Two-year campaign for four-year term - blame parties

The presidential election is still a year away, yet nine or 10 Democratic candidates have been campaigning hard for a year already. That's a two-year campaign for a four-year term - far too long. Western European nations, all functioning democracies, do it in four or five weeks.

One reason for the excessive length in the US is the system of state primaries. Every state wants to have its primary early in the process, a spot on the electoral calendar that the powers that be in most states think gives them more influence on the outcome. As states jostle each other to be first, they set their primary dates earlier. The conventional wisdom is that a candidate must do well early in order to attract the money and support that will enable him or her to do well later.

This year, two things are different that offer hope for significant change.

First, there's only one Republican candidate - the incumbent, George W. Bush - so there's no need for primaries to narrow the field. Mr. Bush has set the Republican national convention, which will nominate him, for late August, thereby shortening the campaign proper to two months.

Second, three of the nine Democratic candidates have decided to skip Iowa (Jan. 20) and New Hampshire (Jan. 27) and concentrate on the second echelon of primary states (Feb. 3). If one of those three ends up with the nomination, it will reduce the early states' influence, which is now exaggerated, and reduce pressure on candidates to enter primaries there.

Some argue that long campaigns provide more opportunities for more people to meet candidates face to face, but this advantage is offset by at least three other factors: Voters are likely to get bored; campaigns need more money; and candidates, their staffs, and the media stagger to the finish line exhausted. The big winners are motel owners, restaurateurs, and car-rental agencies in the early states.

But the larger issue is that the country needs a better system for electing its president. The Constitutional Convention of 1787 spent considerable time on the question of how to do this, but they still didn't get it right. Another try was made after the election of 1800 between Thomas Jefferson and Aaron Burr resulted in a tie. This second effort gave us today's system.

There are several desiderata in electing a president that don't apply to electing a dogcatcher. Do we want to continue the indirect system embodied in the Electoral College? Do we want to modify it so that, for example, we count electoral votes by congressional districts instead of by states? Do we want a straight popular vote? Do we want to move toward a modified parliamentary system? And, especially, what role do we want to assign to political parties?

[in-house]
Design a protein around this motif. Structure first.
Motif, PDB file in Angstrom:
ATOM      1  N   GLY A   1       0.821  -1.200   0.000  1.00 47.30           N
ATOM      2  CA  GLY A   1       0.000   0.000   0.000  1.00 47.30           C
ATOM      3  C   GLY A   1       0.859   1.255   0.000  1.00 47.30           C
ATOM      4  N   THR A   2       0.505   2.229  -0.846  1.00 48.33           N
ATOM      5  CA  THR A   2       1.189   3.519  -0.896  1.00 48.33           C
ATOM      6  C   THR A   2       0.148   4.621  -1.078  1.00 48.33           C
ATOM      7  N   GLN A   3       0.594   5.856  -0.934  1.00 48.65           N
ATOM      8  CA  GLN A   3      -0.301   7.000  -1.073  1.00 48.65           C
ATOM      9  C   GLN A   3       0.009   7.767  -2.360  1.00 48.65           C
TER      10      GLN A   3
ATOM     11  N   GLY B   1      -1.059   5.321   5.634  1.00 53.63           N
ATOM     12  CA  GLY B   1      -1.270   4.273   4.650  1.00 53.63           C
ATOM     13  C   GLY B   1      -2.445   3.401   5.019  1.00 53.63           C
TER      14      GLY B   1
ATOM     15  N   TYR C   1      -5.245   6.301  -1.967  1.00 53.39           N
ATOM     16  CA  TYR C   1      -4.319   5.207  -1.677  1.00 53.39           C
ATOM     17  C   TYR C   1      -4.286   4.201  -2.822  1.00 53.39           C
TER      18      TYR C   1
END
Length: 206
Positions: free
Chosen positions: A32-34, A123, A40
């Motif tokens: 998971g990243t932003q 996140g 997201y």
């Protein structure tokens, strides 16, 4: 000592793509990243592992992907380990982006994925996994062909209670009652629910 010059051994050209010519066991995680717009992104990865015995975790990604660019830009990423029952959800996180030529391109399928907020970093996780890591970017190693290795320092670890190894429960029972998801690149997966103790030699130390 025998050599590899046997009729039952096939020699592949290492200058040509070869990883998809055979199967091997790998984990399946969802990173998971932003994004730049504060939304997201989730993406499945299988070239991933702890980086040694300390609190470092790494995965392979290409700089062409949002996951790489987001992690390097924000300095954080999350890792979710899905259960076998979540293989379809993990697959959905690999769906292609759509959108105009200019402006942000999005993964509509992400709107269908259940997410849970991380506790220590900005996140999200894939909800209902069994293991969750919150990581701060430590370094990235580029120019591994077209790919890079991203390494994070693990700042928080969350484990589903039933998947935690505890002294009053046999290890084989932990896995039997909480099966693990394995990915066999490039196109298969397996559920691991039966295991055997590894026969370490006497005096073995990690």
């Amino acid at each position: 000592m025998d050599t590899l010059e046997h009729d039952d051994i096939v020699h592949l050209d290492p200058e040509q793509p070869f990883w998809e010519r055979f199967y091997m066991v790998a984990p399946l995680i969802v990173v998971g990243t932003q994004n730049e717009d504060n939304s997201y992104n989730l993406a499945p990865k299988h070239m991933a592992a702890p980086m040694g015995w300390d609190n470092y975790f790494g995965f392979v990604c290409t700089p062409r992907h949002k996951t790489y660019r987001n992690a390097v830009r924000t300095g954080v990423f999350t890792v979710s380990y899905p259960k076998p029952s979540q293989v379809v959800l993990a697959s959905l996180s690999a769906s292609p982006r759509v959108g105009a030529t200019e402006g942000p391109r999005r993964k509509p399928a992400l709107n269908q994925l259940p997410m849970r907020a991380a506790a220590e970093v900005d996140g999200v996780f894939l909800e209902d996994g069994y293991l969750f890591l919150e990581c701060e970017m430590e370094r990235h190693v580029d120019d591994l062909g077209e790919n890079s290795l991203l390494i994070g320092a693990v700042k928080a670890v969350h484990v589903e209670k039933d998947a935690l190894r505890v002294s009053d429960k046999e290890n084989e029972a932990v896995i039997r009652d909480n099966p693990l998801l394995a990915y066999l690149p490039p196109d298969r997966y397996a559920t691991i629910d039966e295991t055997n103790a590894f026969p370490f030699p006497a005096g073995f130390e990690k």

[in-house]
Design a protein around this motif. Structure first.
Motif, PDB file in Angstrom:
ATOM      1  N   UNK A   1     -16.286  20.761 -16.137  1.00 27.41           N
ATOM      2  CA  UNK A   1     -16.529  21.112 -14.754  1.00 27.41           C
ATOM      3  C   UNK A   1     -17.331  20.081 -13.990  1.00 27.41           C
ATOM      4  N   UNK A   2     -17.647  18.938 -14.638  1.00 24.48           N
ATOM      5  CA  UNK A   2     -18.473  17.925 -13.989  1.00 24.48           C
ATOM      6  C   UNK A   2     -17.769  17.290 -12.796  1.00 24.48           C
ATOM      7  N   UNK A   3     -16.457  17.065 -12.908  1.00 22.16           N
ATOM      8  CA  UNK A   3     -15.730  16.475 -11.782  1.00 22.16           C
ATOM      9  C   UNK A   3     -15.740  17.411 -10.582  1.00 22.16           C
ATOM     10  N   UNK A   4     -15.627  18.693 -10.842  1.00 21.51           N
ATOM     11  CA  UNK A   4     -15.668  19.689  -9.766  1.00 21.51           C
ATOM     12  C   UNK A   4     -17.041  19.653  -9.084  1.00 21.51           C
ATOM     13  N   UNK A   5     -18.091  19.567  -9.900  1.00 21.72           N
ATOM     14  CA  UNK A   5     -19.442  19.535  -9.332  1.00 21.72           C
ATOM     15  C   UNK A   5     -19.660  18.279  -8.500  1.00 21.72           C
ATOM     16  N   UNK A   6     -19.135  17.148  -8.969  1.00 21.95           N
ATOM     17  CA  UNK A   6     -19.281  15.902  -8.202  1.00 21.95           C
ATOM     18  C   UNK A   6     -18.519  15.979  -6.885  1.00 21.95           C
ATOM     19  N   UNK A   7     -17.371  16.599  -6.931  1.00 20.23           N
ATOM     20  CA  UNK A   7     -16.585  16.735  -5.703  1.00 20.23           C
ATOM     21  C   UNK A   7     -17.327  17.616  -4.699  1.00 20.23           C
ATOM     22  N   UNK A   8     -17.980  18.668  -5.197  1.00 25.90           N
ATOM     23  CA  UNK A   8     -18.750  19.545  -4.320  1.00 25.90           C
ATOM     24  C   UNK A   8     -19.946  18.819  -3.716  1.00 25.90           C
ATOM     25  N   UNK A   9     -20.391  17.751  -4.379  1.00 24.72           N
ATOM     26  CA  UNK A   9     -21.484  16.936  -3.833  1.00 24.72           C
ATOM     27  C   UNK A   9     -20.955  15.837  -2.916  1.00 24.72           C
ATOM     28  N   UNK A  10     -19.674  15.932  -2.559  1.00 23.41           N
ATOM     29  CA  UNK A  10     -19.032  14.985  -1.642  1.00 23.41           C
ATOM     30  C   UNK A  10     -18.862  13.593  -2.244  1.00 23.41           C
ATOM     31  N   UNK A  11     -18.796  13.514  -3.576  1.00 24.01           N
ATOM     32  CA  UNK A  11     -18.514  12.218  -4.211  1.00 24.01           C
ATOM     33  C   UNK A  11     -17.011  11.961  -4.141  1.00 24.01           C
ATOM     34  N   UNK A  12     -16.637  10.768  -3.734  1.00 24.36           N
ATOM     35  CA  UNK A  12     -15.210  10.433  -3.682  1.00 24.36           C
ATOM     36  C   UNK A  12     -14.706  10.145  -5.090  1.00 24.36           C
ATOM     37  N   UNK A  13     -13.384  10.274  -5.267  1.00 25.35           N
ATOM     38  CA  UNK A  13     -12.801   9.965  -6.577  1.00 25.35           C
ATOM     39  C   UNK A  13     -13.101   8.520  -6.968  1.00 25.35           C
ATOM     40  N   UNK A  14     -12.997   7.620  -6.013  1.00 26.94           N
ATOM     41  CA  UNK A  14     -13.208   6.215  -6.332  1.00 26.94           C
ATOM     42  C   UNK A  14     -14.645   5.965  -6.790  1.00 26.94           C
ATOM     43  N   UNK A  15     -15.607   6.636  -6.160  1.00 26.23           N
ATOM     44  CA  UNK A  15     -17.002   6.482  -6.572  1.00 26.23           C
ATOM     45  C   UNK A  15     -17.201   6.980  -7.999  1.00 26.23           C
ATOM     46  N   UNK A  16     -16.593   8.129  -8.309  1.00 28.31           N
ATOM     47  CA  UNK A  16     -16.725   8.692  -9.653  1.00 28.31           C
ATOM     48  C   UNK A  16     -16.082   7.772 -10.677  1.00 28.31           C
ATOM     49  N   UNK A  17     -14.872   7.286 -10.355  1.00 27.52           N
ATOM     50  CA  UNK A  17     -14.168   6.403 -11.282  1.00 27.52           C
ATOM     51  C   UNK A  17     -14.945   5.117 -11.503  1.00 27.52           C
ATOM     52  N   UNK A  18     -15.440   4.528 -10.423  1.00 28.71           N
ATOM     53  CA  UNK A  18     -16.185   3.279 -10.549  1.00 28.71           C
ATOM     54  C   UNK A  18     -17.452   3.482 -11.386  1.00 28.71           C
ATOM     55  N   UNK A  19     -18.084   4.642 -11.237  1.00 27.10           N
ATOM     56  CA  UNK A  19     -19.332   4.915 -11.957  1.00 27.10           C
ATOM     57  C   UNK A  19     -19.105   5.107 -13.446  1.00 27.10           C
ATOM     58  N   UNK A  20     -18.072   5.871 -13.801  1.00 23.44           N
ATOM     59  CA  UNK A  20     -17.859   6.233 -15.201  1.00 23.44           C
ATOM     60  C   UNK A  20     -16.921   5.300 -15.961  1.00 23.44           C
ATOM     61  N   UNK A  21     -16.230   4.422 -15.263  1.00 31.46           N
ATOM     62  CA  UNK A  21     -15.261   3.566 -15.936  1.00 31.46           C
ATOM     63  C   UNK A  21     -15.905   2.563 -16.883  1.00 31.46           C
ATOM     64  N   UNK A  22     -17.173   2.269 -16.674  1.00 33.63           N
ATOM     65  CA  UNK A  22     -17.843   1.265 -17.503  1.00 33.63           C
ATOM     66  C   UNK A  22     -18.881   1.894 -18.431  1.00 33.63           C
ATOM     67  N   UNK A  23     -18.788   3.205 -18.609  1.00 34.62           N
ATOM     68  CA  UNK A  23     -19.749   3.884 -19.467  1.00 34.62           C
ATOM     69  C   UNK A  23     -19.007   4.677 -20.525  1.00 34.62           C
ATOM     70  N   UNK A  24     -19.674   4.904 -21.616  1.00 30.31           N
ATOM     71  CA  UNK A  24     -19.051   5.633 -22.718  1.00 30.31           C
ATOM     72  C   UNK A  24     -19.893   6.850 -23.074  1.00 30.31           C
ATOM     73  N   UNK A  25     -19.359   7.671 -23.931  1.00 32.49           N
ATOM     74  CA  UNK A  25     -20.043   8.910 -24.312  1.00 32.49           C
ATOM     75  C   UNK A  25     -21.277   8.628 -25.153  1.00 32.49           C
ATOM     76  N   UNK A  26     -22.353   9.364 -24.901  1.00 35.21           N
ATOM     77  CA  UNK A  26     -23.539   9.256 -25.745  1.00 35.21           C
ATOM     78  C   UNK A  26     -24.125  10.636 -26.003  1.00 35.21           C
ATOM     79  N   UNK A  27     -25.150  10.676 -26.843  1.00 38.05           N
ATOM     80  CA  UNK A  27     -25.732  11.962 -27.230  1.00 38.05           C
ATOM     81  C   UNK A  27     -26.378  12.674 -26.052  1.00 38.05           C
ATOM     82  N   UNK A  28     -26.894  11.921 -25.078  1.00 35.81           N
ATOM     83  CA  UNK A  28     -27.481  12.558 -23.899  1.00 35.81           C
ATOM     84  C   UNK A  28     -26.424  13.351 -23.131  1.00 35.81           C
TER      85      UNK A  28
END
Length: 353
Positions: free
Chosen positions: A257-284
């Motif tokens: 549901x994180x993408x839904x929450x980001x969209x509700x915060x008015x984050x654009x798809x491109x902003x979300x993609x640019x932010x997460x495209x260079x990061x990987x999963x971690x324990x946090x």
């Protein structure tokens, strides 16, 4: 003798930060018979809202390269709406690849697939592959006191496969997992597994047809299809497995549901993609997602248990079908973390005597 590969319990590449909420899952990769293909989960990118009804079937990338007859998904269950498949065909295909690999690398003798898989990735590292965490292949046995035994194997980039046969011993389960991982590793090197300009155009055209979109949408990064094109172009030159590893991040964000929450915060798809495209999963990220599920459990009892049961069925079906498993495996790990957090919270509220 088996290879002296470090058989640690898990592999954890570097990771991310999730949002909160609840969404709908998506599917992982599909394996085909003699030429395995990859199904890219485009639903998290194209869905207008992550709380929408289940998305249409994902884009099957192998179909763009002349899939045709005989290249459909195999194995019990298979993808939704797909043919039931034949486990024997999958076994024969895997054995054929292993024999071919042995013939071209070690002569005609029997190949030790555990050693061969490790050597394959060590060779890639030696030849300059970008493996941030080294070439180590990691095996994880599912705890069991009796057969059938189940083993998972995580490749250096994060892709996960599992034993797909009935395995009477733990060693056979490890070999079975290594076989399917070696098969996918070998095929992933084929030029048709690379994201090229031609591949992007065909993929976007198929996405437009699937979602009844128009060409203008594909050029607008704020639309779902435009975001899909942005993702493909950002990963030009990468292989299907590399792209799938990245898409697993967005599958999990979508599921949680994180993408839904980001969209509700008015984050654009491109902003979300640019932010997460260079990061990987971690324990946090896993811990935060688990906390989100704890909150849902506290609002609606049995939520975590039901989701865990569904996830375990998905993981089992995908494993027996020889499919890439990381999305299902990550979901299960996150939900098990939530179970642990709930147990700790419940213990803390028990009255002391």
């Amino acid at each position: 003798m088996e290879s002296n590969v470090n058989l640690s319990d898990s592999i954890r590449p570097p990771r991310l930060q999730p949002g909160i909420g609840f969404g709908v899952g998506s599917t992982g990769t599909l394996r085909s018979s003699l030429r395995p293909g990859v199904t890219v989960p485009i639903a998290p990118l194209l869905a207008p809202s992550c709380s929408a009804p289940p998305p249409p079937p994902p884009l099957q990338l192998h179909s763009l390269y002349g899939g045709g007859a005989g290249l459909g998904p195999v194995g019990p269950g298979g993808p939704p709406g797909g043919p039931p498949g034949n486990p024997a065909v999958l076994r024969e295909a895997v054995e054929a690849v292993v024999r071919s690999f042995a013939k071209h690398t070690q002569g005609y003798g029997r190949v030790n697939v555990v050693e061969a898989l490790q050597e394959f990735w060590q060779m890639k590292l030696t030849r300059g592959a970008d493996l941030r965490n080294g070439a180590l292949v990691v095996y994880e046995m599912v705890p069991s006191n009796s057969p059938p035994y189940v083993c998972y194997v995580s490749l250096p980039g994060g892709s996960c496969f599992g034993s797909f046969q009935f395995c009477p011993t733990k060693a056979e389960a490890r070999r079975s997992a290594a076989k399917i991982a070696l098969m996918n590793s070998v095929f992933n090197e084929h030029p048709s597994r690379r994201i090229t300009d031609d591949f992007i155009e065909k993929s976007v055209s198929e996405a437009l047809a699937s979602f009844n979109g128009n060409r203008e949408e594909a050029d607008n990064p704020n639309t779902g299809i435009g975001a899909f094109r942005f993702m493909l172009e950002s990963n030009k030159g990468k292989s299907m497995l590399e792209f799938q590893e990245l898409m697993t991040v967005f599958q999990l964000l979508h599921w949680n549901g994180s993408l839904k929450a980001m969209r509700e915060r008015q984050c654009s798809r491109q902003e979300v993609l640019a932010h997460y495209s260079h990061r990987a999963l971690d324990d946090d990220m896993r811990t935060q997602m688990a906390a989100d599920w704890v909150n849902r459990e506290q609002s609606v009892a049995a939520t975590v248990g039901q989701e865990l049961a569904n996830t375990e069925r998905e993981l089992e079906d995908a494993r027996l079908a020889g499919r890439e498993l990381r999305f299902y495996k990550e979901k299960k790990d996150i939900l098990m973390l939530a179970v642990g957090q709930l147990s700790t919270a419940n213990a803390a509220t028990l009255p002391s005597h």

As things stand, the role of parties is preeminent; one is hard-pressed to see how we could hold a national election without them. Yet they're incompatible in a government with the separation of powers, something basic to the American system. James Madison warned against parties - calling them "factions" - in one of the Federalist Papers, and US history provides repeated examples of how well-developed parties interfere with independent branches of the government.

The most prominent of these examples involves relations between the White House and Congress. In a party system, members of Congress of the same party as the president are expected to support him, and members of Congress of the opposite party, to oppose him. Party support of the president reached probably its lowest point during the Vietnam War. At the same time, observers were bemoaning the decline of parties, because it resulted in the decline of discipline and leadership control in Congress. The election of 1994 brought Newt Gingrich as Speaker of the House, and Mr. Gingrich brought new organization and discipline to the House. We can have an efficient Congress or an independent one, but not both.

How to change the presidential electoral process requires mature consideration by all groups that participate in making public policy. This means extensive hearings in Congress and thorough debate in academia, the media, and other forums of public discussion. Out of that, maybe a policy worthy of public support will emerge.

We have started such a process before and abandoned it as too tough. Maybe that will happen to a new effort, but this seems like a good time to try.

Pat M. Holt is former chief of staff of the Senate Foreign Relations Committee.

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